Blog Original research

Counselling professionals’ awareness and understanding of female genital mutilation/cutting: Training needs for working therapeutically with survivors.

FREECouns Psychother Res. 2017 Dec;17(4):309-319. doi: 10.1002/capr.12136. Epub 2017 Jul 20.

Counselling professionals’ awareness and understanding of female genital mutilation/cutting: Training needs for working therapeutically with survivors.

Jackson C


Background: There is a dearth of literature that has looked at the psychological  impact of female genital mutilation/cutting (FGM/C), and little is known about the understanding and awareness of FGM/C amongst counselling professionals. Method: An online survey was completed by 2073 BACP members. The survey covered four broad themes: demographics; awareness and understanding of FGM/C; experience of working therapeutically with survivors; and FGM/C training. Descriptive and inferential analyses were undertaken on quantitative data, and thematic content analysis was undertaken on qualitative data. Results: Only a small proportion of respondents (10%) had knowingly worked with survivors of FGM/C. Overall, respondents lacked confidence in their awareness and understanding of FGM/C, including their safeguarding duties. Having cultural respect, knowledge and understanding was perceived as the most helpful factor
when working with this client group. Less than a quarter of respondents had undertaken any training with regard to FGM/C, although the vast majority expressed a desire to do so. Discussion: This research has highlighted the importance of improving signposting to existing training and educational resources around FGM/C, as well as the need to develop new resources where appropriate. The importance of embedding cultural competency into core practitioner training, not just training specific to FGM/C, is paramount.

This article can be accessed in this LINK.

Archives Blog Review

Psychological and counselling interventions for female genital mutilation.

Int J Gynaecol Obstet. 2017 Feb;136 Suppl 1:60-64. doi: 10.1002/ijgo.12051.

Psychological and counselling interventions for female genital mutilation.

Smith H, Stein K.


Women and girls living with female genital mutilation (FGM) are more likely to experience psychological problems than women without FGM. As well as psychological support, this population may need additional care when seeking surgical interventions to correct complications of FGM. Recent WHO guidelines recommend cognitive behavioral therapy for women and girls experiencing anxiety disorders, depression, or post-traumatic stress disorder. The guidelines also suggest that preoperative counselling for deinfibulation, and psychological support alongside surgical interventions, can help women manage the physiological and psychological changes following surgery. This synthesis summarizes evidence on women’s values and preferences, and the context and conditions that may be required to provide psychological and counselling interventions. Understanding women’s views, their own ways of coping, as well social and cultural factors that influence women’s mental well-being, may help identify the types of interventions this population needs at different times and stages of their lives.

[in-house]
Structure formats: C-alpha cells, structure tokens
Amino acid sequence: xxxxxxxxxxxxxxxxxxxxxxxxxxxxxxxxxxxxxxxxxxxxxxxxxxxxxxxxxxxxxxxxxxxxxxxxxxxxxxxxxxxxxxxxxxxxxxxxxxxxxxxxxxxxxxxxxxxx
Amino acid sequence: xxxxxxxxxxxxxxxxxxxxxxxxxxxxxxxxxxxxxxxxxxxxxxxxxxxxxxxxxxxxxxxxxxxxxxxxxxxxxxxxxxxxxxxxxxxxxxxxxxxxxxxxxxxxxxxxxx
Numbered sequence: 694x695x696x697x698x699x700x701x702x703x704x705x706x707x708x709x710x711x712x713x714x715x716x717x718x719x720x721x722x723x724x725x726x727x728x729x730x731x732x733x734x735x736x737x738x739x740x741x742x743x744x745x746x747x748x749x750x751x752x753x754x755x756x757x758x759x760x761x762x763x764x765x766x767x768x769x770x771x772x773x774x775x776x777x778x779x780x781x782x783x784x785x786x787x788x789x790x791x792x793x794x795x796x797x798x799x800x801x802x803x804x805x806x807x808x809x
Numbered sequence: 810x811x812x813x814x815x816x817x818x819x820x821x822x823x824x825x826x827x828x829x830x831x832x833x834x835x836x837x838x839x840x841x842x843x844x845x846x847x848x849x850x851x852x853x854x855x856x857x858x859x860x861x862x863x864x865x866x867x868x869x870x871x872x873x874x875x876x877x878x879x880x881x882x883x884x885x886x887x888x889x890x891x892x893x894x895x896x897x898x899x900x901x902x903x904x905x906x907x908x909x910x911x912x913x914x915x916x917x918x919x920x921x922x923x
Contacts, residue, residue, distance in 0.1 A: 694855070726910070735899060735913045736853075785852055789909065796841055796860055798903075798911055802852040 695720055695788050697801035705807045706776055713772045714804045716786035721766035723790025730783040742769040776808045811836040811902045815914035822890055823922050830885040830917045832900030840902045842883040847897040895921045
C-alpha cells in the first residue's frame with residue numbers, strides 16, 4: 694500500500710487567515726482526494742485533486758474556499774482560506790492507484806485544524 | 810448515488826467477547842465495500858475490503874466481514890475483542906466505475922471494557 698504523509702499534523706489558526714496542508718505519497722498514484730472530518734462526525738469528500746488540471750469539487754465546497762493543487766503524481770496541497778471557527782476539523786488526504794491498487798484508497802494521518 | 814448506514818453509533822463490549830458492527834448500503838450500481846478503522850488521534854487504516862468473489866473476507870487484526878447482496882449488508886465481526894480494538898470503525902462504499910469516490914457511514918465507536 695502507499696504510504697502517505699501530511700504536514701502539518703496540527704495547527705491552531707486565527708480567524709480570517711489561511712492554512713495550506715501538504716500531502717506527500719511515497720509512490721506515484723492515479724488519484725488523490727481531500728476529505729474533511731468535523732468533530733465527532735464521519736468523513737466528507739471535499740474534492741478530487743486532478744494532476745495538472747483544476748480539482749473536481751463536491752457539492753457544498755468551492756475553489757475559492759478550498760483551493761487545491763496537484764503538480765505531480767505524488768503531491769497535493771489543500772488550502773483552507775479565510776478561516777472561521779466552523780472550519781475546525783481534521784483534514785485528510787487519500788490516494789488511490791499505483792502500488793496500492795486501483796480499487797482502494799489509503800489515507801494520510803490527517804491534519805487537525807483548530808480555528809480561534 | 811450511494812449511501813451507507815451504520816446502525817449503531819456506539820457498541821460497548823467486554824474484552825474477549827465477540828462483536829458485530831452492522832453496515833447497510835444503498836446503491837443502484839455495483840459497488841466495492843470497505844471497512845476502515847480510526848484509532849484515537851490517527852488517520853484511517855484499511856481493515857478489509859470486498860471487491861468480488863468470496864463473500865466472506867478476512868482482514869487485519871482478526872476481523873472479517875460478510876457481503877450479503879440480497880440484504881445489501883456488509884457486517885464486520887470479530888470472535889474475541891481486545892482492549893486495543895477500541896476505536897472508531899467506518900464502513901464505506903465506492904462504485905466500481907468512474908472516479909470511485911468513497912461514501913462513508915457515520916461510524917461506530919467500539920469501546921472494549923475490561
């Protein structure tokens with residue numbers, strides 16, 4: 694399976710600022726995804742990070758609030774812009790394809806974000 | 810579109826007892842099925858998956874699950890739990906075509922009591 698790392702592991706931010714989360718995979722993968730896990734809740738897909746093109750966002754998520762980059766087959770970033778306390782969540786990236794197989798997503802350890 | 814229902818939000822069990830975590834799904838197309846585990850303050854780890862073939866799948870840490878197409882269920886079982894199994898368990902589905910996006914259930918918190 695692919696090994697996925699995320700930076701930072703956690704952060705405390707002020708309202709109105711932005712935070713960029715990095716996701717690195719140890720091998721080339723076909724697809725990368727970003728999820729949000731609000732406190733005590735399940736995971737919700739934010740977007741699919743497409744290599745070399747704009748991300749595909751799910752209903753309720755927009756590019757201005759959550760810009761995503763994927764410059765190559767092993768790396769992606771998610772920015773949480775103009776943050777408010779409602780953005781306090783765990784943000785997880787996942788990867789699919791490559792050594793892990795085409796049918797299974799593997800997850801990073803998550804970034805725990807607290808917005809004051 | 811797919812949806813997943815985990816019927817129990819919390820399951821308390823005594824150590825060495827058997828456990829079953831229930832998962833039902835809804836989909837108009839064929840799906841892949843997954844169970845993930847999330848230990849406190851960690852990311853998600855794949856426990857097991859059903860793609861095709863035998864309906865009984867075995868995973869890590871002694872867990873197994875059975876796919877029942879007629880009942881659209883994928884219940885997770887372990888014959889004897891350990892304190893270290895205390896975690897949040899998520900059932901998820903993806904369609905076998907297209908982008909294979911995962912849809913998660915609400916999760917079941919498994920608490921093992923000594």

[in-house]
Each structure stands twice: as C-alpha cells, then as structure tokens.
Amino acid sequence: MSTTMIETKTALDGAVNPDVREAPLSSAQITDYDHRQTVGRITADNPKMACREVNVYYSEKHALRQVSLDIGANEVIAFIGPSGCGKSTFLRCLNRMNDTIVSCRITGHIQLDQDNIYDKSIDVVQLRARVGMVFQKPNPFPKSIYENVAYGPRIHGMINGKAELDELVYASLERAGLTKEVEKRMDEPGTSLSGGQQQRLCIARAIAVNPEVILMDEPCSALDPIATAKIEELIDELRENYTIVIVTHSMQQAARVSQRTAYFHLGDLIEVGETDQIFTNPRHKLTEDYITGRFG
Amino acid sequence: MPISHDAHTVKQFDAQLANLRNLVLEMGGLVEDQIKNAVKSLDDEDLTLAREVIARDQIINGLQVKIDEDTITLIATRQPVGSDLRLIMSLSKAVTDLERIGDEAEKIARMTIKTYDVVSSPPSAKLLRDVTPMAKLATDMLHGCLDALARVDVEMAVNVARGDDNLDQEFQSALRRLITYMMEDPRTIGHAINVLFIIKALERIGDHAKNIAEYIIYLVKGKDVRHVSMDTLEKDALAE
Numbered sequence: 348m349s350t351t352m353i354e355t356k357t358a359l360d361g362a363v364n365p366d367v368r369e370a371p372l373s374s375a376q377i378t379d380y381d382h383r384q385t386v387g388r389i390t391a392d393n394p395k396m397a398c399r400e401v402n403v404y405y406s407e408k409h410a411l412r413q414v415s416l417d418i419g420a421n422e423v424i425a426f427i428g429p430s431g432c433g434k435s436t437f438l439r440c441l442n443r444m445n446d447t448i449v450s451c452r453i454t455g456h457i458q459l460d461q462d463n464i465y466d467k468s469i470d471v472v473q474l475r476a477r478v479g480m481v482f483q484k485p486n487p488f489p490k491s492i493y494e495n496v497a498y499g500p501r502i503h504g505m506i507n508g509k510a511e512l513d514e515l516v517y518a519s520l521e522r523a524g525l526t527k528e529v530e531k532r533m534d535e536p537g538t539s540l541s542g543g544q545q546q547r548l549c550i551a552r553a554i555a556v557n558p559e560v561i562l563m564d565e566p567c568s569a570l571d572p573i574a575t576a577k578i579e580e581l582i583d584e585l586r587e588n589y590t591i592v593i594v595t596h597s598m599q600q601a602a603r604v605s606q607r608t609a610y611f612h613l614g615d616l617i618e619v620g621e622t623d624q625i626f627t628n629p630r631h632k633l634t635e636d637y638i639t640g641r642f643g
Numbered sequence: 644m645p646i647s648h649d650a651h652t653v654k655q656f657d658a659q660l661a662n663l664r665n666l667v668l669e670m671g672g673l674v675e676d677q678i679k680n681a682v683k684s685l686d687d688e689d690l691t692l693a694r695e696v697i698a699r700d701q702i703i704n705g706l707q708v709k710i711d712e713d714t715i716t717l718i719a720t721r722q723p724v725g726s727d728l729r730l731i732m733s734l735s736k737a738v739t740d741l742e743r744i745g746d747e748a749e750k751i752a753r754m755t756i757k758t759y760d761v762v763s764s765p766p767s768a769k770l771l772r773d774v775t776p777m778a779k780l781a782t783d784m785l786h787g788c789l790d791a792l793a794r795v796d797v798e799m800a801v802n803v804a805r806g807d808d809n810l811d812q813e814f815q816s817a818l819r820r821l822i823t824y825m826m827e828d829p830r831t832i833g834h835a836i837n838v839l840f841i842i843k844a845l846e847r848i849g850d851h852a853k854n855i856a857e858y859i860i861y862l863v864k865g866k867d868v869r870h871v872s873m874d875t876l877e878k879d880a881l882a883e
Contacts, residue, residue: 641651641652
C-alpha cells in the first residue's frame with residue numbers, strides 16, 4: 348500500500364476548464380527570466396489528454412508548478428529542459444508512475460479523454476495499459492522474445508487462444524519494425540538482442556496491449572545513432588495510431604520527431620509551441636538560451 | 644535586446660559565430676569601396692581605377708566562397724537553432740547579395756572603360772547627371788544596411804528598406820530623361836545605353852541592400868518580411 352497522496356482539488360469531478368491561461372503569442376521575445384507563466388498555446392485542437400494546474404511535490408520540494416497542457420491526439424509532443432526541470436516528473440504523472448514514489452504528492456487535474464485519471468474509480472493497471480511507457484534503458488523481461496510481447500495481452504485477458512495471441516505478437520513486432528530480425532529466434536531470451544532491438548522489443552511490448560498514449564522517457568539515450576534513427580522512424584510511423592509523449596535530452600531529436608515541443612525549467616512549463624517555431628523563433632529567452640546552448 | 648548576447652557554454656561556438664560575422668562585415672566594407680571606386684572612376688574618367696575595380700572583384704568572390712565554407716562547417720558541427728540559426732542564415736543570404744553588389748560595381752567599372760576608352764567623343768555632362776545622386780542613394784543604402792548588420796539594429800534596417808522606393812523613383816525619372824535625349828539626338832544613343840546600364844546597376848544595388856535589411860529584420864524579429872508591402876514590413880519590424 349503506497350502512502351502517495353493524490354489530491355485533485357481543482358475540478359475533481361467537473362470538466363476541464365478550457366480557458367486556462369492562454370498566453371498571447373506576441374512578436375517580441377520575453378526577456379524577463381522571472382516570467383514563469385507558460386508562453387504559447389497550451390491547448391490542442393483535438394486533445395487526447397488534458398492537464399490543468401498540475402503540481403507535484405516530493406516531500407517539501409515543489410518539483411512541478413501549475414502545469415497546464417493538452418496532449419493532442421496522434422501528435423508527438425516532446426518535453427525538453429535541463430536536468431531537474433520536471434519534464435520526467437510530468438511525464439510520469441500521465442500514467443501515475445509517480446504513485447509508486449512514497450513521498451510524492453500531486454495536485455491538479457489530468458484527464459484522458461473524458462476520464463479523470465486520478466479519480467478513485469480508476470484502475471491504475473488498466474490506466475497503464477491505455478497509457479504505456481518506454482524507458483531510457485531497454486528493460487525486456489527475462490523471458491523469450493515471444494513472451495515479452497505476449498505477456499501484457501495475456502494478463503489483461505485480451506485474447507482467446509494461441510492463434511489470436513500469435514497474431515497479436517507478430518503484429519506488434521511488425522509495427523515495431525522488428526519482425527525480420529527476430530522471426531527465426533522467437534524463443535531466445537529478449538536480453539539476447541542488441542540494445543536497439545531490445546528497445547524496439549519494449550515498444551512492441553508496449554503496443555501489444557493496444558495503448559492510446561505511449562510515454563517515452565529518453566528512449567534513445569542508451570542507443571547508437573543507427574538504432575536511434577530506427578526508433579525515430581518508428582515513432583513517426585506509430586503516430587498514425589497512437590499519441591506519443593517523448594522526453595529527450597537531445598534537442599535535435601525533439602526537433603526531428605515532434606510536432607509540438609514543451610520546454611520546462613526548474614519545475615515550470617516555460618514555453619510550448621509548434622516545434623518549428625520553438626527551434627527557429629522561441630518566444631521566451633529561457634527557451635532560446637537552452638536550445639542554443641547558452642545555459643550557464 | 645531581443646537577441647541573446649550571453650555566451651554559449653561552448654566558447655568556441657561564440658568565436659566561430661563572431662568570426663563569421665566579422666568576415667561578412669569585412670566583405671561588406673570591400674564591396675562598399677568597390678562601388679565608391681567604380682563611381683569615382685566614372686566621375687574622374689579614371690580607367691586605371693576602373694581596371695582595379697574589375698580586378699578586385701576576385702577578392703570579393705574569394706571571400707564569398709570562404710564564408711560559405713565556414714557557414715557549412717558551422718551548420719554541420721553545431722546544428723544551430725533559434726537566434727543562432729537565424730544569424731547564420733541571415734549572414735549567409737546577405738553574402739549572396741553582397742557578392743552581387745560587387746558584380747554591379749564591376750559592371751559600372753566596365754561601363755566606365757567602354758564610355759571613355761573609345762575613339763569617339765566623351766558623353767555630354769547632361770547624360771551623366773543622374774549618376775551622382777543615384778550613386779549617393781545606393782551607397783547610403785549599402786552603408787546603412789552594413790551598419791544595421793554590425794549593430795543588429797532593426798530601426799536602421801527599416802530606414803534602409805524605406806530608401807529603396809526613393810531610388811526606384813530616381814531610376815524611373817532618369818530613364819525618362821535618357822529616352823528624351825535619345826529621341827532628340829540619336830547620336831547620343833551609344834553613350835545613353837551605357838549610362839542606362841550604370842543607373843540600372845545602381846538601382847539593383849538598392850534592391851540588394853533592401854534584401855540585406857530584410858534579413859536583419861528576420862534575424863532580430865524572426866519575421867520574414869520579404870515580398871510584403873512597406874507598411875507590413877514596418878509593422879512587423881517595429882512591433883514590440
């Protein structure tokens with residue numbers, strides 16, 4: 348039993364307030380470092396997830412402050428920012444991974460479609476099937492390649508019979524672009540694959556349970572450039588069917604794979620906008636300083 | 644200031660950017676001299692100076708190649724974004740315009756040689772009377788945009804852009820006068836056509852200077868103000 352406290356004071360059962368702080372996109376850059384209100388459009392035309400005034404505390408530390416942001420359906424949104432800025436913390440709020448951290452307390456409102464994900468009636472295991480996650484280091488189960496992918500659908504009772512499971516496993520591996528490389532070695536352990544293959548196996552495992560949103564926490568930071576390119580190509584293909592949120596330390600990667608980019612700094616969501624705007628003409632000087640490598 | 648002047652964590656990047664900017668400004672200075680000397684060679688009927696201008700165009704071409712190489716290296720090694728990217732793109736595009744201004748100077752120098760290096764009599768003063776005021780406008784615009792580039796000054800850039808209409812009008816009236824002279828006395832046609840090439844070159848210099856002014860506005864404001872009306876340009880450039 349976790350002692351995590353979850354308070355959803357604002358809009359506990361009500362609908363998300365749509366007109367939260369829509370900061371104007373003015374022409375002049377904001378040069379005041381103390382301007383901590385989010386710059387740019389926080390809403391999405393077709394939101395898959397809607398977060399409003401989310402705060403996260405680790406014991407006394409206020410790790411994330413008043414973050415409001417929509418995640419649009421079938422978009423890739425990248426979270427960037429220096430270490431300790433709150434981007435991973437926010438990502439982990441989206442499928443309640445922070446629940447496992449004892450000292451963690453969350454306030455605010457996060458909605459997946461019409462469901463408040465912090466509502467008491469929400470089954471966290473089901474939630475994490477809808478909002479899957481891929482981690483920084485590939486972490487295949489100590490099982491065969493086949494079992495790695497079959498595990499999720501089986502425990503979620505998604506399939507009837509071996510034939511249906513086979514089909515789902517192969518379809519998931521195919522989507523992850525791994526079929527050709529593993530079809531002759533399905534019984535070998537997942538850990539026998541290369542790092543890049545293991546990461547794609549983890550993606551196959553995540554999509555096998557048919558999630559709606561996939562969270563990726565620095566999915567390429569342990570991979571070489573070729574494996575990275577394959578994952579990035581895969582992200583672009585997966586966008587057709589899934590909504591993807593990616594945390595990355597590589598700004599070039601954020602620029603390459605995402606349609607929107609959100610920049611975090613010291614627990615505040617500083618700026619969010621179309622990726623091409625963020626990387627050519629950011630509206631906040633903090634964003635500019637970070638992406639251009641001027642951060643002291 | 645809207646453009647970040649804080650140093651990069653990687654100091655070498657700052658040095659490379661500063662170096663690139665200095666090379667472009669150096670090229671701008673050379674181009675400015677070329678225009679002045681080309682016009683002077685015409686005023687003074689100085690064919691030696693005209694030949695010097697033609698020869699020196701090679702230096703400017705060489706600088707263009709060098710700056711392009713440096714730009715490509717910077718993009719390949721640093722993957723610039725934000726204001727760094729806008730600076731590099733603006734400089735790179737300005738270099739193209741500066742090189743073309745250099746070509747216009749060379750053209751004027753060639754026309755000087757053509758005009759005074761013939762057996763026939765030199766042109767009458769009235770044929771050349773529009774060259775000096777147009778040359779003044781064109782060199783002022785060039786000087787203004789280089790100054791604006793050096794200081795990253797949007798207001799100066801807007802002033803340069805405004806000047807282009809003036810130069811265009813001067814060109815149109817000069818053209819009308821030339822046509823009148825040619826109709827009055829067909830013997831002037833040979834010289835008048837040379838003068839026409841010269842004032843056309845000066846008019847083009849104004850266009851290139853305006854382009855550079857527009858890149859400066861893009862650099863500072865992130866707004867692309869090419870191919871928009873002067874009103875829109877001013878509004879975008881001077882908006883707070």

This article is available in this LINK

Archives Blog Original research

Female Genital Mutilation in a Young Refugee: A Case Report and Review

Journal of Child & Adolescent Trauma. 2010, 3(3):234-242.

Female genital mutilation in a young refugee: a case report and review

Suardi E, Mishkin A & Henderson SW


Female genital mutilation (FGM) is a widespread practice affecting up to 140 million girls and women worldwide (World Health Organization, 2008a). A substantial advocacy literature reports long-term psychological consequences of FGM, but there is little in the psychiatric literature to document this (Behrendt & Moritz, 2005). Within the broader psychiatric literature on refugee mental health, there are debates about the general validity of psychiatric diagnoses in refugee communities, including somatic disorders and posttraumatic stress disorder (Summerfield, 2008). We present the case of a young woman with a history of FGM, who was repeatedly hospitalized for gastrointestinal complaints of unclear etiology and discuss how her case illustrates the diagnostic and cultural complexity of the psychosocial consequences of FGM and political asylum-seeking.

This article can be accessed in this LINK